The path recommended by Buddha consists of eight steps or rules and is, therefore, called the eightfold noble path. This is a unique example of the diversity of the country with multi-climatic zones. In this inference the middle lory middle. The speculative philosophical texts contain one of the first of a universal, all-pervading, spiritual reality leading to a radical absolute nondualism, or the essential unity of matter and spirit. The philosophy of the Jainas may be conveniently discussed under three topics, viz.
Thus we find diversity in the nomenclature of the land itself. This claim amount s to the fallacy of exclusive predication ekanta-viida. The Nyiya Theory of Knowledge The Nyaya theory of reality is based on the Nyaya theory of knowledge. Indian thinkers tried to visualize the ultimate truth by different means and the philosophical systems developed as a consequence of such endeavours. But this should not make us think, as we do. Philosophy springs from spiritual disquiet at the existing order of things.
Freethinking sages of ancient India speculated independently about various fundamental questions relating to human life and its destiny. Buddha began his philosophy by saying there is suffering, next he dictated that there is a cause for it, there is a state in which suffering ceases and finally there is a way to attain freedom from the pain. The reader who is already familiar with the system described - Buddhism, Nyaya, Vaisesika, Samkhya, Yoga, , and Vedanta - will enjoy a refreshingly clear and lively treatment of these subjects. The respect and interest that the learned author has for each system is apparent in the skill and enthusiasm with which he explains them. Still such knowledge cannot be said to be absolutely immediate, because even here the soul knows through the medium of something Two kinds of inline- else, namely, the senses or manas. The latter is generally called a substance dravya.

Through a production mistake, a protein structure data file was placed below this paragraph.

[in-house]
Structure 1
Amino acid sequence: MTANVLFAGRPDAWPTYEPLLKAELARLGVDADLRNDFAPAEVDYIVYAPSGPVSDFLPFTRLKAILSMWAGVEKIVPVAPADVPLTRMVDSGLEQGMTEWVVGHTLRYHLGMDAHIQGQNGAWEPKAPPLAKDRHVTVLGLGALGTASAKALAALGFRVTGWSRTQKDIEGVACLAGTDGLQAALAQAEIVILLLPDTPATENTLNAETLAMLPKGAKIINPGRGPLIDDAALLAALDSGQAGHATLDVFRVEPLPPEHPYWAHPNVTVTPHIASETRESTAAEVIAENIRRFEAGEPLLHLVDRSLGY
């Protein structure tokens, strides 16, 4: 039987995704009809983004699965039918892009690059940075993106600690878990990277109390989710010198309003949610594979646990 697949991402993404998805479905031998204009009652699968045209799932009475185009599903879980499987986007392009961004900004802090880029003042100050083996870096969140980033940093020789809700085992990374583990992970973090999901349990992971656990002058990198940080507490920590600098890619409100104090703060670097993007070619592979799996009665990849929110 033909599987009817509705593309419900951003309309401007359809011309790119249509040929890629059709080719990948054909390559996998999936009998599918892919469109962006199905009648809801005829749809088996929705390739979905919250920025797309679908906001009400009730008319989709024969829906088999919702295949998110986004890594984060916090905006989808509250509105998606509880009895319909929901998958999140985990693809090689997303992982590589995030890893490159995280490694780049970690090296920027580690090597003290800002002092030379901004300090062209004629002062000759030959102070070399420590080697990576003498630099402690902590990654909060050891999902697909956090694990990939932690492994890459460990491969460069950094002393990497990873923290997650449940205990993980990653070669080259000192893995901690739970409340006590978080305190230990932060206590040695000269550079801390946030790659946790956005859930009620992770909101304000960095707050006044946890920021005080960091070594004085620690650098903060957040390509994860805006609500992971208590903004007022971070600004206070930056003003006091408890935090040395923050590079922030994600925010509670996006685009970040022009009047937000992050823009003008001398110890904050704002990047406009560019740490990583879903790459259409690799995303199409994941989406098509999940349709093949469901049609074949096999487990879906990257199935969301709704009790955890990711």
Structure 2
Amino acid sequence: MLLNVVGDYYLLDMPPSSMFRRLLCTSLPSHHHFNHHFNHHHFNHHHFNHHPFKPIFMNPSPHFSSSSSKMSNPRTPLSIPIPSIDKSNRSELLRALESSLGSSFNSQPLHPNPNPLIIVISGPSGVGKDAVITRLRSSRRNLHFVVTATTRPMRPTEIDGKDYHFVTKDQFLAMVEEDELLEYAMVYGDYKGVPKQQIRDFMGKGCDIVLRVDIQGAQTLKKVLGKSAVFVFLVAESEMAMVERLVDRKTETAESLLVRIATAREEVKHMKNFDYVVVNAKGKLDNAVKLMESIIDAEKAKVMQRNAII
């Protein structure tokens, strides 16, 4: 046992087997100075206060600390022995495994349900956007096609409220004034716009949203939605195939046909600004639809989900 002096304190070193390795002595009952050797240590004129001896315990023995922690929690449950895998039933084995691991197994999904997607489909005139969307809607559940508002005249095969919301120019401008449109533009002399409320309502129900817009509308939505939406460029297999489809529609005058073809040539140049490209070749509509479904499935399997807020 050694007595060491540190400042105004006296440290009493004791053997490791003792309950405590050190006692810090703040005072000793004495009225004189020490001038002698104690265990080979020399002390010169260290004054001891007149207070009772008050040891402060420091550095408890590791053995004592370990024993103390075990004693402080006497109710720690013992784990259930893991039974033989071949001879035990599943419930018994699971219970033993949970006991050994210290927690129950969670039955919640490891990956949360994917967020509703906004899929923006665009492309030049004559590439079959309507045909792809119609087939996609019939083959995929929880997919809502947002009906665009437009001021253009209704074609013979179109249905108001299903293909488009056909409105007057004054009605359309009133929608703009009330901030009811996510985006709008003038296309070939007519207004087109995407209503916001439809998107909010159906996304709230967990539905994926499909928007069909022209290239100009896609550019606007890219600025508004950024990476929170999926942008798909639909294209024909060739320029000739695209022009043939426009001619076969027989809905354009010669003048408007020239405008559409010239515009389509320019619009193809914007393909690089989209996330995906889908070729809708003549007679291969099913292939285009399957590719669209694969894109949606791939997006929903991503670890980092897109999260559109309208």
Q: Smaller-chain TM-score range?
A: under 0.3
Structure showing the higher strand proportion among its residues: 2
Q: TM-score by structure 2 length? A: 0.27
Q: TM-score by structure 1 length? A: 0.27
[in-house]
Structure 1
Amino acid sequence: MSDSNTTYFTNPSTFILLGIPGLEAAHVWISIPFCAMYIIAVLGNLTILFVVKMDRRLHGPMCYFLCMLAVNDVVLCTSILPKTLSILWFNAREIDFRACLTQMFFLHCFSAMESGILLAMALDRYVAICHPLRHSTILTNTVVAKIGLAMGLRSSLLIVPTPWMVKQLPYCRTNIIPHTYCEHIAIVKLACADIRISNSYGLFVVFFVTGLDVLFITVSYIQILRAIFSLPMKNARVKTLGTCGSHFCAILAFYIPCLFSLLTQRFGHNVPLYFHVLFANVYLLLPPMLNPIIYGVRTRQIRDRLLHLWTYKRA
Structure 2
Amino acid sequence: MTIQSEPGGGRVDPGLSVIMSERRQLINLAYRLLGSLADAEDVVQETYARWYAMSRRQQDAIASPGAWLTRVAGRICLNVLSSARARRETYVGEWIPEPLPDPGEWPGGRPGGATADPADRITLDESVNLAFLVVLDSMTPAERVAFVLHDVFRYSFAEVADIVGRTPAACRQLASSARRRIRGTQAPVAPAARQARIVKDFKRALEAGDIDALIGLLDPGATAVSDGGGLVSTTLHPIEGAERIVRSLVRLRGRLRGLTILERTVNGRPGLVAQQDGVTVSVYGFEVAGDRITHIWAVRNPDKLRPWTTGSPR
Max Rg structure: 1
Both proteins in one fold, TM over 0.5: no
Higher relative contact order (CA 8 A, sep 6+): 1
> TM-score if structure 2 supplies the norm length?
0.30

On the basis of these three kinds of knowledge, the Jainas form their view of the universe. Or, as Kant would say, it is God who combines happiness with virtue and misery with vice. Samkhya philosophy explains the dynamics of the body and nature of mind. The Jajnas do not believe in God. Mimamsa - Jamini was the founder of this system that accepts the Veda as the final authority on all questions. Though these systems start from authority, the theories they develop are supported also by such strong indepen- dent arguments that even if we withdraw the support of authority, the theories can stand well and compare favourably with any theory established elsewhere on independent reasoning alone. The Bu dtlhistr-faa l e iKjB kn owledge The Buddhut metbed.
In matters of diet and mode of living Indians also show extreme diversities. Heart touching feelings are offered to my bellowed wife. Almost all the Indian philosophers believe in the theory of karma. ° c Liberation is regarded tion of liberation received, of course, as the highest good. The modern western approach addresses the problem from an objective, theoretical and pluralistic standpoint whereas the ancient eastern approach is more subjective experiential and holistic. This Jaina view is quite in keeping with the view accepted bv Western logicians gener- taSiba.